While this photo is of Italian POWs in an Egyptian camp, it illustrates the type of craft work POWs engaged in and similar projects would have been undertaken in Australian camps.

NZ Italian Prisoners of War Craft Work

Italian prisoners of war with items of their carved handiwork at Helwan POW Camp, Egypt. One prisoner shown chiselling portrait features of a roundel. Taken 1940-1943 by an official photographer.

John Oxley Library from the collection of New Zealand Department of Internal Affairs Image DA-00736-F

India: Free Italy Movement

Italia Redenta

A special thank you to Francesca Moltedo. In a conversation I had with her about Bardia, she told me about the Italian Redenta Unit in India. Her father, Luigi Moltedo, was the Assistant Adjutant of Italia Redenta.  Francesca continues to work through her father’s papers to elicit more information about this interesting ‘forgotten’ history.

Italian Redenta’:  I was unfamiliar with this term.  I did a few google searches and came up blank. I tried the British Archives, British Library, the Imperial War Museum and still there was no information to be found.  What was this army unit of Italian prisoners of war under British command in India?  What was its purpose?

Hopefully more information will be shared by Italian families whose fathers and grandfathers who were also in the Italia Redenta.

Information for this article has been taken from The British Empire and its Italian Prisoners of War, 1940-1947 by Bob Moore and Kent Fedorowich.

The Italia Redenta was developed as part of the Allies’ “Free Italy Movement” plan. Its aim was to enlist the support of anti-fascist Italian prisoners of war in India.  Two years of planning and preparation by the Political Warfare Executive Mission to India (PWE***) saw the establishment of Italia Redenta [Italy Redeemed] in Jaipur January 1943.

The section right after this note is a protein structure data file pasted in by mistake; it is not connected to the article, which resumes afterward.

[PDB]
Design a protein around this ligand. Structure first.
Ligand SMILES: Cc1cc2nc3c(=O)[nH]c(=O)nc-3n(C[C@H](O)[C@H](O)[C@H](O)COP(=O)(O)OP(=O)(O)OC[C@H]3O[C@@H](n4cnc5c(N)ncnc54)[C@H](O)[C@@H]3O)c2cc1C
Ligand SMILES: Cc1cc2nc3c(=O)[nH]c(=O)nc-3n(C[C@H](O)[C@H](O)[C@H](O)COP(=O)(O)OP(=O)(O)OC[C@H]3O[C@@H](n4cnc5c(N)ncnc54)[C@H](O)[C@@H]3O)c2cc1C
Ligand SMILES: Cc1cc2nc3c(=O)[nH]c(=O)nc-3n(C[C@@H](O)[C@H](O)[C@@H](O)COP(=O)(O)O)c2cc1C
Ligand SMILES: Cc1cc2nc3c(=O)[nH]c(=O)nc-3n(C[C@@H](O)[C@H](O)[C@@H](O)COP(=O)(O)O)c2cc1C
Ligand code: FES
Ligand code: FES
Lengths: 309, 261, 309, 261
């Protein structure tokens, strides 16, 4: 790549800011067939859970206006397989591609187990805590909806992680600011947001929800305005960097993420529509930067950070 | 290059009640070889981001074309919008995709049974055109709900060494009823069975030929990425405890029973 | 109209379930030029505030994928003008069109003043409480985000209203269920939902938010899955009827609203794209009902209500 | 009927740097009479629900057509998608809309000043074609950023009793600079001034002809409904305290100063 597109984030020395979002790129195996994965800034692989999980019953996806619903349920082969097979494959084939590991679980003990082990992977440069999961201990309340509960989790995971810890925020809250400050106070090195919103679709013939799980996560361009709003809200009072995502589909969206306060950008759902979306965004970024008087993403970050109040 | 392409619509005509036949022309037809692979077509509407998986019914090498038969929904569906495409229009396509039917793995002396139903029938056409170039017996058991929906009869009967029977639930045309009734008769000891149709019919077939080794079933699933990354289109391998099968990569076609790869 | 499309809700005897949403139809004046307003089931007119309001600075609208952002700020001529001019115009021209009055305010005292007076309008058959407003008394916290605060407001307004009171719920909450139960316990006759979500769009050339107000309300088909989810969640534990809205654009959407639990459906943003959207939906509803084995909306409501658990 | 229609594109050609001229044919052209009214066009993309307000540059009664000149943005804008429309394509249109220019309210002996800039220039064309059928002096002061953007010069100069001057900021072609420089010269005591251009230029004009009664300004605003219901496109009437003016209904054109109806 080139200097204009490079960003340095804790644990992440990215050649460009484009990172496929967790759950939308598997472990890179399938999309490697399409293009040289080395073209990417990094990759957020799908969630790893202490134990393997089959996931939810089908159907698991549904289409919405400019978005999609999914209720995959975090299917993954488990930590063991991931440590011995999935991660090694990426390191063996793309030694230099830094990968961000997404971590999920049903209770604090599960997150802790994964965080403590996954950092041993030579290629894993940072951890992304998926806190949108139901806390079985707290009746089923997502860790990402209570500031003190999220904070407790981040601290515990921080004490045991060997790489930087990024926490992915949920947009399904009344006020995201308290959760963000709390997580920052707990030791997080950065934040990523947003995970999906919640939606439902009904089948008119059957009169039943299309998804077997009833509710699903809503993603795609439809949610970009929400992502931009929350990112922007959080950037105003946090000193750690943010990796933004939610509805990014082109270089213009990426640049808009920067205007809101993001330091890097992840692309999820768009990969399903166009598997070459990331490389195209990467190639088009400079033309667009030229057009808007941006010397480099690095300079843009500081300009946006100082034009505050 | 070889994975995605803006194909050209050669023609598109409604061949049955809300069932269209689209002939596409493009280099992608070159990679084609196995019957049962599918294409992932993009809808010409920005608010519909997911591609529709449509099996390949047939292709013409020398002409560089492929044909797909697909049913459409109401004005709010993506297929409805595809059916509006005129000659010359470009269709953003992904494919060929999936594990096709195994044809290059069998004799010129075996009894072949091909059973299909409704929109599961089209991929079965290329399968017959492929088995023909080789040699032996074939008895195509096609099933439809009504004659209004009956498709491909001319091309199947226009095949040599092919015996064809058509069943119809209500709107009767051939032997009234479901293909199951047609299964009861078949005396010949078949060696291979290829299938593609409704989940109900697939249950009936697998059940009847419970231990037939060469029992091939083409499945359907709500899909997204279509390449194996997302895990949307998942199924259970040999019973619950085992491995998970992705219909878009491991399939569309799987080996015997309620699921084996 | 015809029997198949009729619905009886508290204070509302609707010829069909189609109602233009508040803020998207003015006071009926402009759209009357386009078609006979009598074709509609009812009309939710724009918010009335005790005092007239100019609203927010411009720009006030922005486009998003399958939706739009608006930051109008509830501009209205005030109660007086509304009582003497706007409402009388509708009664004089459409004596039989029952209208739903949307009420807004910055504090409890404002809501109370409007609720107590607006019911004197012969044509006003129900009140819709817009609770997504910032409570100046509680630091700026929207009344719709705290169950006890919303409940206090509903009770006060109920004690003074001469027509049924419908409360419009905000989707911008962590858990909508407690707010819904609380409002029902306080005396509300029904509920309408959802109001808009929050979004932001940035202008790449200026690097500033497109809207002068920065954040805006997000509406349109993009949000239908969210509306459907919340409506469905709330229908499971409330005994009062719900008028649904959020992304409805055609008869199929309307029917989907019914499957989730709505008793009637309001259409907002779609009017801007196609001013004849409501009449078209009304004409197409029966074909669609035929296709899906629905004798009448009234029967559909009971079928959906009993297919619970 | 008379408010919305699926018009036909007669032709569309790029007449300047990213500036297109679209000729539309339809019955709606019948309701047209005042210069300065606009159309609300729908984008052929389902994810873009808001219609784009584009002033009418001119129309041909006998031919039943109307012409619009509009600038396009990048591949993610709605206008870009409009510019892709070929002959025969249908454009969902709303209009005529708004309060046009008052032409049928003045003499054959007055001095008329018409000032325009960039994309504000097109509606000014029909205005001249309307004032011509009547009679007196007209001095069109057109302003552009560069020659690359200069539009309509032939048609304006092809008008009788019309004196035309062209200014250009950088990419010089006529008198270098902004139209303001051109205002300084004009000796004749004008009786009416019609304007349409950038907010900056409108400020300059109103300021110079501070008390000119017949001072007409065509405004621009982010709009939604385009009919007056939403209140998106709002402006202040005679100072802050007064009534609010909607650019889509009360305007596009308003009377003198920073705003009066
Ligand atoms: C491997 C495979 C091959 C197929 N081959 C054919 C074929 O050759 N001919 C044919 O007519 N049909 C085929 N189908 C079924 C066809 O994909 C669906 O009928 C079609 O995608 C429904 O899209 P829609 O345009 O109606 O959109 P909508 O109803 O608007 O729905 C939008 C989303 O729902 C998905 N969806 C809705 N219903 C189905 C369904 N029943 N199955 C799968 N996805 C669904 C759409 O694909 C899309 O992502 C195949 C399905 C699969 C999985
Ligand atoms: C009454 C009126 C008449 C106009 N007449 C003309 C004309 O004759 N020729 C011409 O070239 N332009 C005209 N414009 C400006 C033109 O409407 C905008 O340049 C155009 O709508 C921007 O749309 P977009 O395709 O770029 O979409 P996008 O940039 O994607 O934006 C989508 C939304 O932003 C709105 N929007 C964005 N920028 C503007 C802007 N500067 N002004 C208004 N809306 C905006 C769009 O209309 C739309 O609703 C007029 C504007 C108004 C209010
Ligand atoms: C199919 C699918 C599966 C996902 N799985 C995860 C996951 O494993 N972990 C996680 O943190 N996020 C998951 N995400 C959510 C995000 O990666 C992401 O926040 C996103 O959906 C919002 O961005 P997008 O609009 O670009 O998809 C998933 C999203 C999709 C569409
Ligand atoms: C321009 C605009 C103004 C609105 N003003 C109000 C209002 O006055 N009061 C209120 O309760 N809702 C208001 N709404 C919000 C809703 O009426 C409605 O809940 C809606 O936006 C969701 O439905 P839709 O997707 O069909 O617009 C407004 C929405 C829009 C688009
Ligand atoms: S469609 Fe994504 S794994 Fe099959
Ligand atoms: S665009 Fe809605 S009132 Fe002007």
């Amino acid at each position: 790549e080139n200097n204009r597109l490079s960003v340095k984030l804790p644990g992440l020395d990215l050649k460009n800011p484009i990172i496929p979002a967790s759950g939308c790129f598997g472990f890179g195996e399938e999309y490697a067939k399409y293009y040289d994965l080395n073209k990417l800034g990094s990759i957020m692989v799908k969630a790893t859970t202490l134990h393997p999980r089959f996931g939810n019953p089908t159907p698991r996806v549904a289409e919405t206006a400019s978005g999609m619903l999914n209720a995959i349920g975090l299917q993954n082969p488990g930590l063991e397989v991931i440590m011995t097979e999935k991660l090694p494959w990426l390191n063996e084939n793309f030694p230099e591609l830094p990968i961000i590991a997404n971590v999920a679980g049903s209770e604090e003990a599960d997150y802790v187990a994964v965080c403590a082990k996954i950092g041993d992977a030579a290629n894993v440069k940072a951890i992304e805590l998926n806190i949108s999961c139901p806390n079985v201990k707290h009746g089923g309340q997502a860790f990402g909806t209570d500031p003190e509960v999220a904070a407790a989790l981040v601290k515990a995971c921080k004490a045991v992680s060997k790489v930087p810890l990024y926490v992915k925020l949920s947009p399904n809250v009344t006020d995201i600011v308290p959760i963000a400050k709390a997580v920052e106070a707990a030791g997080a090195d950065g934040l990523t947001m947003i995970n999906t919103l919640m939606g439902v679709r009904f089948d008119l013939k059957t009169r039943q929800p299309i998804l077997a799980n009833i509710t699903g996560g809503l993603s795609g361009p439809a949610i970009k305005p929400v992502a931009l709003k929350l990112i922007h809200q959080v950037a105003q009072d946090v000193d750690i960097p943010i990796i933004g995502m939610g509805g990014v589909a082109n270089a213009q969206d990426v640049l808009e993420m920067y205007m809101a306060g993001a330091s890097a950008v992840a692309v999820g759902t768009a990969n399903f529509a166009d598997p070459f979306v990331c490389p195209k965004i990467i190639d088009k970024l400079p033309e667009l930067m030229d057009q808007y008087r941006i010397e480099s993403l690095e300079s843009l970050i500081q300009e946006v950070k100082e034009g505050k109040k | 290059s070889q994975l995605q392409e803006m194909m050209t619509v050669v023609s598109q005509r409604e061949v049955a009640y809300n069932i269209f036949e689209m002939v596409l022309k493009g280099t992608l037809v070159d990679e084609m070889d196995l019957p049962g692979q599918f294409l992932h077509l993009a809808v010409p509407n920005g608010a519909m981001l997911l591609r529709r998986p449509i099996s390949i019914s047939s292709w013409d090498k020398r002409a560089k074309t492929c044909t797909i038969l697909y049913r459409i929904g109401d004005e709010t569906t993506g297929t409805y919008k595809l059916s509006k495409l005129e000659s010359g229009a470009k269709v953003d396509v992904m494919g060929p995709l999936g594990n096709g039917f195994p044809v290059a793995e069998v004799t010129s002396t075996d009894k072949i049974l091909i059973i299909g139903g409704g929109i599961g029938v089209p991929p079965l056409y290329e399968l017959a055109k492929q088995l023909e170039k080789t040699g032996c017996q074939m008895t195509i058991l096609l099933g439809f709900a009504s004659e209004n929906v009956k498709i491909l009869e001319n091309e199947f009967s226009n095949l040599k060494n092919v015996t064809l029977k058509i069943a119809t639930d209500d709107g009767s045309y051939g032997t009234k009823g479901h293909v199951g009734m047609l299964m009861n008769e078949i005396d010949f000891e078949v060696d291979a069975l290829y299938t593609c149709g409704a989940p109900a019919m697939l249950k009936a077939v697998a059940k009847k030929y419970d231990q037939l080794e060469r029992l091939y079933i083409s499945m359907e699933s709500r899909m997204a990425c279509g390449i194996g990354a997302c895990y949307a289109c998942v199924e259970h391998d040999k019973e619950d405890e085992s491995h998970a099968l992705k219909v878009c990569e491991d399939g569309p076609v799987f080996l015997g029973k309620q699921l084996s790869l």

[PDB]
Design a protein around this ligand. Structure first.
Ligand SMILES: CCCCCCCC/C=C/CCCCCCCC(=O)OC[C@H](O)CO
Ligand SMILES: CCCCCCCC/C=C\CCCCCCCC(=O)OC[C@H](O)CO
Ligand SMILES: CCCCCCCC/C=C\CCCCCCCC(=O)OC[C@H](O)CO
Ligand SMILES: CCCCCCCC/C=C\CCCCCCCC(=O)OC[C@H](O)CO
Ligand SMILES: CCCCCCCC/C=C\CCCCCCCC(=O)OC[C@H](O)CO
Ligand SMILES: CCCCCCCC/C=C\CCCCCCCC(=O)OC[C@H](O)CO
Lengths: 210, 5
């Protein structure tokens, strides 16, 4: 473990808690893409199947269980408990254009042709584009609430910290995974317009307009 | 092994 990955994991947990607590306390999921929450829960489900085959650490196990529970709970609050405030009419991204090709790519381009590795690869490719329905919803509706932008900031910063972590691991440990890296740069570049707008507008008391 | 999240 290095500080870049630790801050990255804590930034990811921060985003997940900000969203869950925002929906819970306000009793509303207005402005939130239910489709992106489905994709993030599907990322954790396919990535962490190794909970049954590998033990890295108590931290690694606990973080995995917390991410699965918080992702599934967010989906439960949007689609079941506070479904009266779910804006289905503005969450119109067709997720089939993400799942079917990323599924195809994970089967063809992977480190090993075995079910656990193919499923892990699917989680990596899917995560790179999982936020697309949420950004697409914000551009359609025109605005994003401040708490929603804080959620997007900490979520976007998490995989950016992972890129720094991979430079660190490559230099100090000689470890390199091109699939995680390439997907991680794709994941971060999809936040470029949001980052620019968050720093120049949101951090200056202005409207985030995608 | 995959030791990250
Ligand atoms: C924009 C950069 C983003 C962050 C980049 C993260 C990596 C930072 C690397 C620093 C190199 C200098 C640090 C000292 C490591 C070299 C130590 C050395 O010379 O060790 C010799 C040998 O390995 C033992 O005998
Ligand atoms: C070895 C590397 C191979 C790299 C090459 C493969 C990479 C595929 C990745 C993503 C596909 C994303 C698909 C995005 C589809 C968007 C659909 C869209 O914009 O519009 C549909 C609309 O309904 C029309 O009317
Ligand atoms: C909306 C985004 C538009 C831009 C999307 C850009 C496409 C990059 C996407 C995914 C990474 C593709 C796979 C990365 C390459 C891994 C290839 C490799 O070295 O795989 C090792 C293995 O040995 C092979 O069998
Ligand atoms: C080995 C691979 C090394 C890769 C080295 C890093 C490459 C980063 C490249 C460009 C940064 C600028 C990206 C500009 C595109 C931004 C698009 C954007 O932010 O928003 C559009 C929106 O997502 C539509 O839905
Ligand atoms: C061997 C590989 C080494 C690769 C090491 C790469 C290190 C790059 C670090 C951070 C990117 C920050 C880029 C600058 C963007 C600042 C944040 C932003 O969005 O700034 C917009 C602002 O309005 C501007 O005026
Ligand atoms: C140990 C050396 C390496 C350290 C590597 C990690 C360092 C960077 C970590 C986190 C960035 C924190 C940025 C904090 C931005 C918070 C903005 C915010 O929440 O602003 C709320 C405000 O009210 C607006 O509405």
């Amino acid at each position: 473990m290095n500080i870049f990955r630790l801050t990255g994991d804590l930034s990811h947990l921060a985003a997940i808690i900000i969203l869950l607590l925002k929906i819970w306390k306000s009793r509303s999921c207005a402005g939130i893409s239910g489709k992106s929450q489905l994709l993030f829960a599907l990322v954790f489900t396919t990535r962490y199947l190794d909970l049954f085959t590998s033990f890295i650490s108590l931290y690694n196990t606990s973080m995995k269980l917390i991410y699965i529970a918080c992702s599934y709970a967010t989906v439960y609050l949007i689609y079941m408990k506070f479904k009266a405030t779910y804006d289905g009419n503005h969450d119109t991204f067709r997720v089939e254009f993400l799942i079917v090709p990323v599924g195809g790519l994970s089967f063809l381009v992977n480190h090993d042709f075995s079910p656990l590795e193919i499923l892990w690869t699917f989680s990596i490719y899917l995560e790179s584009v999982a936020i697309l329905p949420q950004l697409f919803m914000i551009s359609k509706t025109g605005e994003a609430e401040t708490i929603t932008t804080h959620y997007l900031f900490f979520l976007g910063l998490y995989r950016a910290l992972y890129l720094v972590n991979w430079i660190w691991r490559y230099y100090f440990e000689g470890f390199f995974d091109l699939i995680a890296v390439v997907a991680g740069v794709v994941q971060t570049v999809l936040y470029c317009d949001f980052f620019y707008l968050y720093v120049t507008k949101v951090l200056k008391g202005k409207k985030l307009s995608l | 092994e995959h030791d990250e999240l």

The PWE was responsible for the propaganda war against the Axis and had direct influence in India to gauge the political persuasions of the Italian prisoners of war and enlist the support of non-fascists in the POW camps. By February 1943, there were 68,000 Italian prisoners of war in India.

The long term plan of the PWE was to enlist co-operative Italian POWs in turning the tide of the war against the Germans in Italy.  Segregating fascists (black) POWs  from non-fascists (white) POWs was the first move and then a special camp at Jaipur in Rajasthan would be established for this ‘pioneer corps’ under British command.  Eventually, from this pioneer corps, Italians would be recruited to a Free Italian Force.

A list of 3,000 anti-fascist Italian POWs was to be compiled with the first group of 1,000 to be sent to Jaipur to a special complex.  Construction which began in August 1942 was slow and by the end of January 1943, accommodation for 200 officers and 1,000 other ranks was completed. The plan was to transfer another 3,000 anti-fascist POWs once further building was completed and ultimately the camp would house 10,000 within a five month time frame.

The Italia Redenta was named and the POWs were to be involved in providing technical support in India or to assist as guides for the upcoming invasions of Sicily and mainland Italy.  The volunteers were led by their own officers and wore a uniform similar to that of the British with an Italia Redenta emblem embroidered onto their left sleeve.

The exact time of the demise of the Italia Redenta is difficult to pinpoint.  Australia’s application in May 1943 for 10,000 anti-fascists from India for farm work in Australia is given as one contributing factor. Around this time,  the PWE mission to India was withdrawn to UK or Middle East.  Events in Europe such as the Allies’ invasion of Sicily in July 1943, Mussolini’s resignation on 25th July 1943 and Italy’s declaration of war on Germany on 13th October 1943 also contributed to a slow death of the Italia Redenta as there was no longer a need for a Free Italy movement.